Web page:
← Briefing 101
Deep dives
Finishing touches

How to start writing a marketing brief 🏃‍♂️

Ewan Patel
Co-founder & CSO

You’ve got a campaign coming up. Maybe your business is about to launch a new product. Maybe you need to respond to something that’s happened “out there” in the real world. Maybe this is just a business-as-usual piece of marketing.

In any case, you’re finally sitting down to write a marketing brief.

What to do before you start writing

Before you start relentlessly filling boxes, it’s important to take a moment to grab everything you need. Like a painter getting all the paint colours they’ll need on their palette, take some time to consider the ingredients of this brief.

To help you get started, we’ve put together a checklist of questions and an example for a fictional, up-and-coming sports tailoring brand.

In short, if you can jot down a quick answer to each question, you’ll be in a good place to start writing your marketing brief.

How to get started checklist

  1. What is this brief?
    Write one simple sentence that says what this brief is for and why you’re writing it. Imagine you’re trying to tell your grandma about what you did at work today - if she read this sentence, would she understand it?
  2. Who is this brief for?
    Consider who you are briefing. Is this brief for your creative agency? Your media agency? Both?
  3. How big is this project?
    Think about the budget you have for this project, and what your expectations and ambitions might be for that amount of money.
  4. What kind of campaign do I want?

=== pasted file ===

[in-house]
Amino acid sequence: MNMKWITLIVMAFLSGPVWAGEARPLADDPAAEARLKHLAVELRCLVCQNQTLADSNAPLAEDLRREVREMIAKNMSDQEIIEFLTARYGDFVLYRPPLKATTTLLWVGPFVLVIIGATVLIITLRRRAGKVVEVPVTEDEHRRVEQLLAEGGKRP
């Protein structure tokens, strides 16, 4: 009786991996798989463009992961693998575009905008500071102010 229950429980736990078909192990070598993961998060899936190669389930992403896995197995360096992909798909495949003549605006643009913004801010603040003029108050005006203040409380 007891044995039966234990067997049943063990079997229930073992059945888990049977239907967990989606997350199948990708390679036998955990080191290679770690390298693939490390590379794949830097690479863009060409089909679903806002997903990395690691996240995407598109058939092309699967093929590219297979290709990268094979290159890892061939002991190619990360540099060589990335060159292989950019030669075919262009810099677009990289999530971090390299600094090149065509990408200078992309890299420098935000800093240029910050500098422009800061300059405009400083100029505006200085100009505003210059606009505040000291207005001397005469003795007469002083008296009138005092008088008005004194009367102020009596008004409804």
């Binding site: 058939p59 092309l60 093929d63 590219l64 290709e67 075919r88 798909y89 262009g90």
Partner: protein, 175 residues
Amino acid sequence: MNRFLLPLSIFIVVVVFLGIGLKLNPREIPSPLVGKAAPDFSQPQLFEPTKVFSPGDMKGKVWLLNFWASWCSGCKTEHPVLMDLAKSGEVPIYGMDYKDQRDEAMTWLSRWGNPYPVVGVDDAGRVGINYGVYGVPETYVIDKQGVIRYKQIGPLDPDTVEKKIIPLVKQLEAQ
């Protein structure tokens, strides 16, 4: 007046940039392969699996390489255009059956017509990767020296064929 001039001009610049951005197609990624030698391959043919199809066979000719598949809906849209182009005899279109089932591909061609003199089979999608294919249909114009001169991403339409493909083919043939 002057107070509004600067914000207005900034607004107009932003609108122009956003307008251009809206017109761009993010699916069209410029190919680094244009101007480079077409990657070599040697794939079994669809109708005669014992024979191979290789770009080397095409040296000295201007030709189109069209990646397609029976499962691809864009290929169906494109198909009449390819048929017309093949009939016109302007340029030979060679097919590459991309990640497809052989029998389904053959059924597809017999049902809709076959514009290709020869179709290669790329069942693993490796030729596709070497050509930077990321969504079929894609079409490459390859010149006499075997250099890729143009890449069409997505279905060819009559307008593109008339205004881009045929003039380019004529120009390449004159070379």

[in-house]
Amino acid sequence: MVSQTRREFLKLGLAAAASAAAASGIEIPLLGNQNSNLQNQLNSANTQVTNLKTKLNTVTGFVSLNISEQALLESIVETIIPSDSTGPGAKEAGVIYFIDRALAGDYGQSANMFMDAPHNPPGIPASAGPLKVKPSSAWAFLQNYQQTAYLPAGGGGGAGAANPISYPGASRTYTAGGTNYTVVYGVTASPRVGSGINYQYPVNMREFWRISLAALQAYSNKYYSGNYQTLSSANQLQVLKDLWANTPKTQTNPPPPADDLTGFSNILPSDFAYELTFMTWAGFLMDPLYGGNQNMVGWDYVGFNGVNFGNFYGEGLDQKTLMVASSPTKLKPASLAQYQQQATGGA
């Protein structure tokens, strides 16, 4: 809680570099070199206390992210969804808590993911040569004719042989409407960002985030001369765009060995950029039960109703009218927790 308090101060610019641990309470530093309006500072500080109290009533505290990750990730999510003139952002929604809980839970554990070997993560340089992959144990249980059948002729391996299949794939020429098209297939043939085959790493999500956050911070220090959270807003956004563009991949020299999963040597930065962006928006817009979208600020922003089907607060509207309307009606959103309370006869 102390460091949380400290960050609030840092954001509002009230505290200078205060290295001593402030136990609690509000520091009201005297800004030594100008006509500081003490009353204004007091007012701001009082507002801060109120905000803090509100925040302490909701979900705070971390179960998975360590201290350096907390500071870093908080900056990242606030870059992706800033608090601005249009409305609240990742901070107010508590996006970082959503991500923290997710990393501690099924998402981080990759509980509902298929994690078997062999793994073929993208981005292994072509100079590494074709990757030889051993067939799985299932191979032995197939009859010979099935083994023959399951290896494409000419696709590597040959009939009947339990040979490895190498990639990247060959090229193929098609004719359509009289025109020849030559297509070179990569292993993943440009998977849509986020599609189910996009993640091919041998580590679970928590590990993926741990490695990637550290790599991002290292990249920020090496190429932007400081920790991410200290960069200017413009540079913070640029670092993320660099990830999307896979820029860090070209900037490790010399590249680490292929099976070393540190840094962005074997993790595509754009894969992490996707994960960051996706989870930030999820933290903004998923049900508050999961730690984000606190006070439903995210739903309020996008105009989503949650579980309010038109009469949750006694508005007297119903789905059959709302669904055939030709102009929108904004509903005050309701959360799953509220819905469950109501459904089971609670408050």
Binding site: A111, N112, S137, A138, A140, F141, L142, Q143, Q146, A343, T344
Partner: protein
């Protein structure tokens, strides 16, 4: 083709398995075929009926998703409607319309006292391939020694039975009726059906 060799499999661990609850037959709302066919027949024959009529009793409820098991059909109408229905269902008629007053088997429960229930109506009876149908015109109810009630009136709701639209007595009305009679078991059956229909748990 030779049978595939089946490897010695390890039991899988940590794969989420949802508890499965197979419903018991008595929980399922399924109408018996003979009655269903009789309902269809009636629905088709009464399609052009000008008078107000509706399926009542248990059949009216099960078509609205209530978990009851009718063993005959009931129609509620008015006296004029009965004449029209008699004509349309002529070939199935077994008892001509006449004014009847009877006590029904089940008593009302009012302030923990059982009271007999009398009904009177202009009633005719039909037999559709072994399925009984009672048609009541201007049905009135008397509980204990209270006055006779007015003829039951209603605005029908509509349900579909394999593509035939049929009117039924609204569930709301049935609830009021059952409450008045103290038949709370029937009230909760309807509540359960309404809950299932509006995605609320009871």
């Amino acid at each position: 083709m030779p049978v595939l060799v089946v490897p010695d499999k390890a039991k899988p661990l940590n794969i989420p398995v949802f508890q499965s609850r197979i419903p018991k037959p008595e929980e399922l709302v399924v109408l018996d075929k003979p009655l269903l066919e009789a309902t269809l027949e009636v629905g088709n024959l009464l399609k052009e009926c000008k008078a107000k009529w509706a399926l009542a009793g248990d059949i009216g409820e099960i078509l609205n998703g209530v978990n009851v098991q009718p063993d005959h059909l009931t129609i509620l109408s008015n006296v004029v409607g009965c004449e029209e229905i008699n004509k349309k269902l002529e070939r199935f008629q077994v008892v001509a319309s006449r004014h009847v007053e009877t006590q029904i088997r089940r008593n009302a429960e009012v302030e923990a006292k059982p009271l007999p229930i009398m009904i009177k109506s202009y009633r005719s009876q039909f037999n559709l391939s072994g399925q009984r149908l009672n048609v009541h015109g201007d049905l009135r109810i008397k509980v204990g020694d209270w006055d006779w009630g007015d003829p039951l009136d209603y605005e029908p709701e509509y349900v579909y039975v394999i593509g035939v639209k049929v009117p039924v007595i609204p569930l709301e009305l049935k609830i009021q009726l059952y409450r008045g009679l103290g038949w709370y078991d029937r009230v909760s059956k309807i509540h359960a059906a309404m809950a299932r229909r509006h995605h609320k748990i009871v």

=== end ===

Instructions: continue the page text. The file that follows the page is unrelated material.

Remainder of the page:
You might want a campaign that makes your brand famous. Or you might want something that is voraciously focused on driving sales. Yes, in an ideal world you’d want this campaign to do a bit of everything. But put on your Reasonableness Cap, and think about what you really think this project should be aiming for.This can also be a good time to research campaigns from other brands. Did they do something similar? Can you steal any tactics or pieces of messaging?
  5. What do I want to achieve?
    When the dust settles on this campaign and you’re analysing the results, what is the perfect headline you’d love to report back to your manager and the rest of your team? Again, do so with your Reasonableness Cap firmly on your head.
  6. What do I know?
    Get together your research and key documents. This might include brand guidelines, audience research, analysis of previous similar campaigns. Anything that might be useful to you or to whoever is receiving this brief.
  7. How will I write this brief?
    Finally, get your marketing brief template ready. If you don’t already have a brief template, create your own (if you’re brave) or choose one of our free, expertly crafted ones (if you’re smart).

How to get started example

This is what you might get to if you were writing a brief at our sports tailoring brand.

What is this brief?
This is a brief for a campaign to launch our new range of sports tuxedos.

Who is this brief for?
This brief is for our creative and media agencies.

How big is this project?
We have £50k to spend on media, and about half that for production. So this campaign is on the smaller end.

What kind of campaign do I want?
I want a tactical campaign. Something that is focused on converting a tightly defined, in-market audience.

What do I want to achieve?
I want to be able to say that this was our most successful product launch of the year. £20k revenue within one month of the campaign.

What do I know?
We have some learnings from last year's sports ties launch.

How will I write this brief?
I've downloaded a campaign brief template from Briefly.

Note - Briefly owns no patents for sophisticated formalwear that's ready for the court and the courthouse. But we have big plans.

If you can sketch answers to each of those questions, you're ready to start writing your marketing brief. Grab a template and then head to our guide on 'How to write the perfect marketing brief'.

Of course, if you want to make writing a great brief easy, you can always try Briefly 🌱